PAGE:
Just like Christmas, New Years and Valentines Day ect. the Christian first adopted the traditions and then the American Advertising and retail businesses got a hold of the act and turned them into a commercial venture.
Ceili
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Frank Apisa
 
  1  
Reply Thu 30 Oct, 2003 01:11 pm
DISSENTING OPINION:

One of my favorites -- and herald to my very best favorite, Thanksgiving.

Nancy and I host a major house party for Halloween each year. At least 50 people will revel at our little house this Saturday night.

ALL OF YOU ARE INVITED IF YOU LIVE CLOSE ENOUGH TO MAKE IT.

Send me a private message and I'll give your directions.

I promise you will have a ball. costumes are optional, but encouraged.

Hey...anything that can be used as an excuse for a major party is just hunky dorey with me.
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Heeven
 
  1  
Reply Thu 30 Oct, 2003 01:13 pm
It's so that, on one night a year, the very ugly can not only go out in public but be popular and given gifts!
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Dartagnan
 
  1  
Reply Thu 30 Oct, 2003 01:37 pm
My plan is to go to the pub, as is my wont, and drink a few pints with like-minded friends who will dress in their usual garb, then go home and dispense candy to any kids who tap on my door. Odds are there won't be many.

But, by all means, all those who plan to celebrate the holiday in a more festive manner--Have a blast!
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Setanta
 
  1  
Reply Thu 30 Oct, 2003 02:05 pm
I would celebrate as did my ancestors (see Cheili's post), but i can't find anyone to dance nekkid with me around a big bonfire . . . sigh . . .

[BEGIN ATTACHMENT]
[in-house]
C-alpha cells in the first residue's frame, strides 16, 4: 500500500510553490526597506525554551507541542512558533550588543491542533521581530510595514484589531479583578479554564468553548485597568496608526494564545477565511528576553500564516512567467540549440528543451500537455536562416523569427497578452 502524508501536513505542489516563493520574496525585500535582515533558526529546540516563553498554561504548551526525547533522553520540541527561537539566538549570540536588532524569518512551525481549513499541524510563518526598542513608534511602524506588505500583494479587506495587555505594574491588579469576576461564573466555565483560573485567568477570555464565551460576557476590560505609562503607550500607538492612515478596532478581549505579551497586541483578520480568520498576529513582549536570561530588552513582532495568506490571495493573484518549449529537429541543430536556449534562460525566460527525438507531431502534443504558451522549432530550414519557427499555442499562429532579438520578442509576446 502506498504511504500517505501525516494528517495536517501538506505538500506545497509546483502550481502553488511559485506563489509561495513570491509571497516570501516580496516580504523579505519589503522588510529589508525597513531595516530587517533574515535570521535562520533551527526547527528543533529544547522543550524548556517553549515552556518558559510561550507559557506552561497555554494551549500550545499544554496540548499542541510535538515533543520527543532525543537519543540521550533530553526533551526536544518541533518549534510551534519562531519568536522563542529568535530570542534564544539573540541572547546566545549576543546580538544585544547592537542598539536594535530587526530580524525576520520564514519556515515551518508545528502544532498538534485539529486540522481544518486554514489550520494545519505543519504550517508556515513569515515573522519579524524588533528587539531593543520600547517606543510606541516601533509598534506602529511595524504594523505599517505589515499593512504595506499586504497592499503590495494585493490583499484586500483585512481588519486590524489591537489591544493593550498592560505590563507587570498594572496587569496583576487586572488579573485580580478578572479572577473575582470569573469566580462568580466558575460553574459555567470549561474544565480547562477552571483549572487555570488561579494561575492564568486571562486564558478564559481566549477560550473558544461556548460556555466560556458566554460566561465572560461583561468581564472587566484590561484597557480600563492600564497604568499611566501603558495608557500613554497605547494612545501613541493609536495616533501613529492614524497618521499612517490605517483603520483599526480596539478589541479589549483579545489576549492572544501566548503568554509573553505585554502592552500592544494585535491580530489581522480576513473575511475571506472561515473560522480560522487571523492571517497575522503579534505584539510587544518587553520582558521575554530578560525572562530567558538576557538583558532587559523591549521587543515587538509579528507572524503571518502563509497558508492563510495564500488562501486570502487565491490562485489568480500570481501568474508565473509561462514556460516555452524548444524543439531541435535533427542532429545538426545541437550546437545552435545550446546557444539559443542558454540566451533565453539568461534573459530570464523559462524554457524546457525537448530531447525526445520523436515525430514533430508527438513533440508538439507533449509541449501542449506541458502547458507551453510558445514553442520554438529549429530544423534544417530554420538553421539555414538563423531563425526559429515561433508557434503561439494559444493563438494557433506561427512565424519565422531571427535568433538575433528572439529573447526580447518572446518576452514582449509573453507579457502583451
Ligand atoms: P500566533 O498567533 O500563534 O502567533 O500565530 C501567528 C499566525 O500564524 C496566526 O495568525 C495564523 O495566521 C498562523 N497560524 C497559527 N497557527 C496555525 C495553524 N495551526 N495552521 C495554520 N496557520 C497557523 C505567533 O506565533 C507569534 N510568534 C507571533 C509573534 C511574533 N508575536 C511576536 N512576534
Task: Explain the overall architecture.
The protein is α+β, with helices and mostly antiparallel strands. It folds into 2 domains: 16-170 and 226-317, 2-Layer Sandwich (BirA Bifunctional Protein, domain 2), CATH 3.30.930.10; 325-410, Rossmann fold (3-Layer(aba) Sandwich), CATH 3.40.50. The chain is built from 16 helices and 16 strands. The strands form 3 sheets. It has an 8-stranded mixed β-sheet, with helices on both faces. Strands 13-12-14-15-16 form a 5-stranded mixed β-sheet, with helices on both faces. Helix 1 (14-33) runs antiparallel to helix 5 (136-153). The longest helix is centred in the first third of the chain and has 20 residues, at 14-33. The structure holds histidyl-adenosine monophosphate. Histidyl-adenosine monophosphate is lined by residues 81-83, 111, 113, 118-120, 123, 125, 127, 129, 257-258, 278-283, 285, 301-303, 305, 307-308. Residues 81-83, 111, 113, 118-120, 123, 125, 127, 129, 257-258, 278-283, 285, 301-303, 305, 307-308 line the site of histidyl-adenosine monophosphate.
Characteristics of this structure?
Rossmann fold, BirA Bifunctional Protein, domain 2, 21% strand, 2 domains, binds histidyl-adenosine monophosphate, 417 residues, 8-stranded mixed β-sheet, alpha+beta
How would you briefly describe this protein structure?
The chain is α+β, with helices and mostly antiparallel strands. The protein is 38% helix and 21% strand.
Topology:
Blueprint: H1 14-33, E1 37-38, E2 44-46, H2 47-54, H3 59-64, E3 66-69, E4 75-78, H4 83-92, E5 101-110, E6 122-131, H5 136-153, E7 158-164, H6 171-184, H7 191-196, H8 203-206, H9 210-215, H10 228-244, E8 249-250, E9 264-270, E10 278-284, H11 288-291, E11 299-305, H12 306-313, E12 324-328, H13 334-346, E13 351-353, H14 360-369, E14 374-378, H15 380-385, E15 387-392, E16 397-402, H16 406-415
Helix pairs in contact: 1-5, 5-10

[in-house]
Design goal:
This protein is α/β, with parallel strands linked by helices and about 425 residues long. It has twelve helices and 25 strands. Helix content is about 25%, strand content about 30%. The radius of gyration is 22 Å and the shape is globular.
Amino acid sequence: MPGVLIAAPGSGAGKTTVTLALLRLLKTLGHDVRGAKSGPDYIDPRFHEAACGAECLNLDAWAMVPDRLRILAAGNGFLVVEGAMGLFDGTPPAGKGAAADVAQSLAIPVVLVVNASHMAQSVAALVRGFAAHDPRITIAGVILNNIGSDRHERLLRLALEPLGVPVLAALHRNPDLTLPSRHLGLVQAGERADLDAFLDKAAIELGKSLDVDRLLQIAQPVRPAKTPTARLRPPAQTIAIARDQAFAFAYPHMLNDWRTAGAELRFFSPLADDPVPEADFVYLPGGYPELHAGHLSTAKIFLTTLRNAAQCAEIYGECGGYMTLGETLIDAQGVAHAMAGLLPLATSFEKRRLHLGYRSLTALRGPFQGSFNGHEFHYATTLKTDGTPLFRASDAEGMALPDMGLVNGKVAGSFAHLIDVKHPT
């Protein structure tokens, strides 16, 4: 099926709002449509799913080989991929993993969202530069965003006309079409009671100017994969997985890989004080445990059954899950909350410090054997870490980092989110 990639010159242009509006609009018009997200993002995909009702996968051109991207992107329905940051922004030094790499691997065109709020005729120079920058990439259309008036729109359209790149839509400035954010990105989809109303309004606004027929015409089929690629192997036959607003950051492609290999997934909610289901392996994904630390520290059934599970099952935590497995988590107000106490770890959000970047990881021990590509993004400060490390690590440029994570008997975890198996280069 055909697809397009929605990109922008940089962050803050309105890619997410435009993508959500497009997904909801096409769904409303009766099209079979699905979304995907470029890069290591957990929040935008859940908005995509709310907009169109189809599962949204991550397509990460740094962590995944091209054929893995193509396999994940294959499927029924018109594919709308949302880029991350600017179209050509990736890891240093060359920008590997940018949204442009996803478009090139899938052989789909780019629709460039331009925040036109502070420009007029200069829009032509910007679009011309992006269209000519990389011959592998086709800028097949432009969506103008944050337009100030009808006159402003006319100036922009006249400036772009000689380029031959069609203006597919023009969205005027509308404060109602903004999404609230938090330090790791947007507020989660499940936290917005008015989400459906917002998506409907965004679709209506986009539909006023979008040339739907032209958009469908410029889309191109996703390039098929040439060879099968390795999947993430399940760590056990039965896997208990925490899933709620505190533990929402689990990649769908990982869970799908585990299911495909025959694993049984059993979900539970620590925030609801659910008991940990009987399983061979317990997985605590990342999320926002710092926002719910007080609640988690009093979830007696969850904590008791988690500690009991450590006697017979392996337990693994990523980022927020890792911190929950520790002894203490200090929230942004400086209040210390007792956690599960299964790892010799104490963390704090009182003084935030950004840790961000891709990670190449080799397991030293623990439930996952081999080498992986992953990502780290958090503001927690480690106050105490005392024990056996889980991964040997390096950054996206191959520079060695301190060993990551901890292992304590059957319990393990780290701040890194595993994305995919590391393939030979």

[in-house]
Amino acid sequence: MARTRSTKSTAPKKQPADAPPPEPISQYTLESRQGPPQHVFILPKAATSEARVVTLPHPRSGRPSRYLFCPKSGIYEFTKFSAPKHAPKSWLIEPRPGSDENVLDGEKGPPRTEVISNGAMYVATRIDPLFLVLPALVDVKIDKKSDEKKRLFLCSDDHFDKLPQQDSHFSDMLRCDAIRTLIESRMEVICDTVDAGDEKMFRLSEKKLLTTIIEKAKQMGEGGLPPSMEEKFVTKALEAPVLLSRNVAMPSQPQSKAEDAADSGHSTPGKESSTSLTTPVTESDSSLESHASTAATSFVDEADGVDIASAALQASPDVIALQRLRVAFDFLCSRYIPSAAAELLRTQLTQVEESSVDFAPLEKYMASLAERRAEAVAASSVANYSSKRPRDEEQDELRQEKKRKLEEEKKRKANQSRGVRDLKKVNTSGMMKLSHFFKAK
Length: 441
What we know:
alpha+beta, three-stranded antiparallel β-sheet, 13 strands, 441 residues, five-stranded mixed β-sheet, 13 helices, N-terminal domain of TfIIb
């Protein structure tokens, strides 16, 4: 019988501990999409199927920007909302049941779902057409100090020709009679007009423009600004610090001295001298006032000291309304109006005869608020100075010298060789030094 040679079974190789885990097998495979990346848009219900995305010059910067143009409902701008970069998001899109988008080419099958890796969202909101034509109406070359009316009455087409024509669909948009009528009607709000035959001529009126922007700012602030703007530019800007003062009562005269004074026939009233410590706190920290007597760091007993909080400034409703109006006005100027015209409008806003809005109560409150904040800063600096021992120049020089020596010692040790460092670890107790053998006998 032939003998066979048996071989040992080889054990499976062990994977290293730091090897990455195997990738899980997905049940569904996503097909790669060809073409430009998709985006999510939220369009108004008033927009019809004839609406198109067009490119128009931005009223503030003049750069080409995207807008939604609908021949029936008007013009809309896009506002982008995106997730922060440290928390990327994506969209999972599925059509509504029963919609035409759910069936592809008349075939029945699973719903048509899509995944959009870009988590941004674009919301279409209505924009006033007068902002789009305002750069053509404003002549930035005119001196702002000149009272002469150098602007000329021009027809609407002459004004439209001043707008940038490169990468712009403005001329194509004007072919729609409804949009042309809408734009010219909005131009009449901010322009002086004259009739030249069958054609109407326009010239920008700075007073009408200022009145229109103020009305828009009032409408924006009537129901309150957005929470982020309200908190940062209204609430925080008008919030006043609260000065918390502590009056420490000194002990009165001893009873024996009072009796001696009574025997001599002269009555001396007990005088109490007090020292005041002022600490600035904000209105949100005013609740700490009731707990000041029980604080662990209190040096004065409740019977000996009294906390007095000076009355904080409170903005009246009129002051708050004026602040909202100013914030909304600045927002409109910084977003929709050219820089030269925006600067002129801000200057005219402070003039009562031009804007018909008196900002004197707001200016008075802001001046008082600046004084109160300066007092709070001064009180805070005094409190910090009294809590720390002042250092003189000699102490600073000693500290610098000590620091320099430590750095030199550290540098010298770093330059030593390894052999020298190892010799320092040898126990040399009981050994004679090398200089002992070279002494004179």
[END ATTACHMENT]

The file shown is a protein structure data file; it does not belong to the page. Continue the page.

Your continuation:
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Brand X
 
  1  
Reply Thu 30 Oct, 2003 02:07 pm
It's a good excuse for a party, other than that I avoid it.
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Heeven
 
  1  
Reply Thu 30 Oct, 2003 02:19 pm
I enjoy walking around without my makeup ... it's very freeing.
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Miss RedHead
 
  1  
Reply Thu 30 Oct, 2003 04:11 pm
I'm really jealous of you guys!!!

We don't have this in our country,.....I can only go to a club where they have planned an Halloween Party,...but that's not the same Crying or Very sad
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Slappy Doo Hoo
 
  1  
Reply Thu 30 Oct, 2003 04:13 pm
Helloween is a grand day of costumes, candy, and eerie stories about ghosts.

And me running around the neighborhood, wearing nothing but panty hose over my head, leaving cat heads staked on people's front yards.
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cavfancier
 
  1  
Reply Thu 30 Oct, 2003 04:17 pm
Well, our friends and us plan to drink ourselves silly tomorrow night and watch supposedly scary movies. Personally, I think Gigli is scarier than The Ring, but we'll see what we can find. Our building doesn't allow trick-or-treating, but they generously offer a snack table in the lobby. I'm thinking of looting it....
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Ceili
 
  1  
Reply Fri 31 Oct, 2003 02:13 am